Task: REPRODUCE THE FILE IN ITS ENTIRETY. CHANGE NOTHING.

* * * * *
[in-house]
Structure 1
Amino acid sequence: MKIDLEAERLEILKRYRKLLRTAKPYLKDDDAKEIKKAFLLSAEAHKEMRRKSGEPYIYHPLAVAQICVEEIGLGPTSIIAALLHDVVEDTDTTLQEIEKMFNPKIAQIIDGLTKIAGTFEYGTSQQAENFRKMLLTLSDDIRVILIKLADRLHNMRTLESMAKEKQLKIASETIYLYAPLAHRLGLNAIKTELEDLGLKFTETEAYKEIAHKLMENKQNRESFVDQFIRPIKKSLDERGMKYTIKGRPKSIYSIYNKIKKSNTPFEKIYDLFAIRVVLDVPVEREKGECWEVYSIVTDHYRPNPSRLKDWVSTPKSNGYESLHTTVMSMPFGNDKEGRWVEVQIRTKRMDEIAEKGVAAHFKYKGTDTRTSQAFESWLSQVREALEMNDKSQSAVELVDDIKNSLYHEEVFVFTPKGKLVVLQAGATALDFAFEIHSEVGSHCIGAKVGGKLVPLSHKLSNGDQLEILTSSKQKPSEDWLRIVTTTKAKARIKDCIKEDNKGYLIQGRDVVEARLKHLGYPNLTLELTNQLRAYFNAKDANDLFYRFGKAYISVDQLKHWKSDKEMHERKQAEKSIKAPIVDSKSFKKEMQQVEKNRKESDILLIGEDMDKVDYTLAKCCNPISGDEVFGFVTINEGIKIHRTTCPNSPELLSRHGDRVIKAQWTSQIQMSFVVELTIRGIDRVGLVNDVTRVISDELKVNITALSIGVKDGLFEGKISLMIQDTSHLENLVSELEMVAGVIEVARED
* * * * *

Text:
[in-house]
Structure 1
Amino acid sequence: MKIDLEAERLEILKRYRKLLRTAKPYLKDDDAKEIKKAFLLSAEAHKEMRRKSGEPYIYHPLAVAQICVEEIGLGPTSIIAALLHDVVEDTDTTLQEIEKMFNPKIAQIIDGLTKIAGTFEYGTSQQAENFRKMLLTLSDDIRVILIKLADRLHNMRTLESMAKEKQLKIASETIYLYAPLAHRLGLNAIKTELEDLGLKFTETEAYKEIAHKLMENKQNRESFVDQFIRPIKKSLDERGMKYTIKGRPKSIYSIYNKIKKSNTPFEKIYDLFAIRVVLDVPVEREKGECWEVYSIVTDHYRPNPSRLKDWVSTPKSNGYESLHTTVMSMPFGNDKEGRWVEVQIRTKRMDEIAEKGVAAHFKYKGTDTRTSQAFESWLSQVREALEMNDKSQSAVELVDDIKNSLYHEEVFVFTPKGKLVVLQAGATALDFAFEIHSEVGSHCIGAKVGGKLVPLSHKLSNGDQLEILTSSKQKPSEDWLRIVTTTKAKARIKDCIKEDNKGYLIQGRDVVEARLKHLGYPNLTLELTNQLRAYFNAKDANDLFYRFGKAYISVDQLKHWKSDKEMHERKQAEKSIKAPIVDSKSFKKEMQQVEKNRKESDILLIGEDMDKVDYTLAKCCNPISGDEVFGFVTINEGIKIHRTTCPNSPELLSRHGDRVIKAQWTSQIQMSFVVELTIRGIDRVGLVNDVTRVISDELKVNITALSIGVKDGLFEGKISLMIQDTSHLENLVSELEMVAGVIEVARED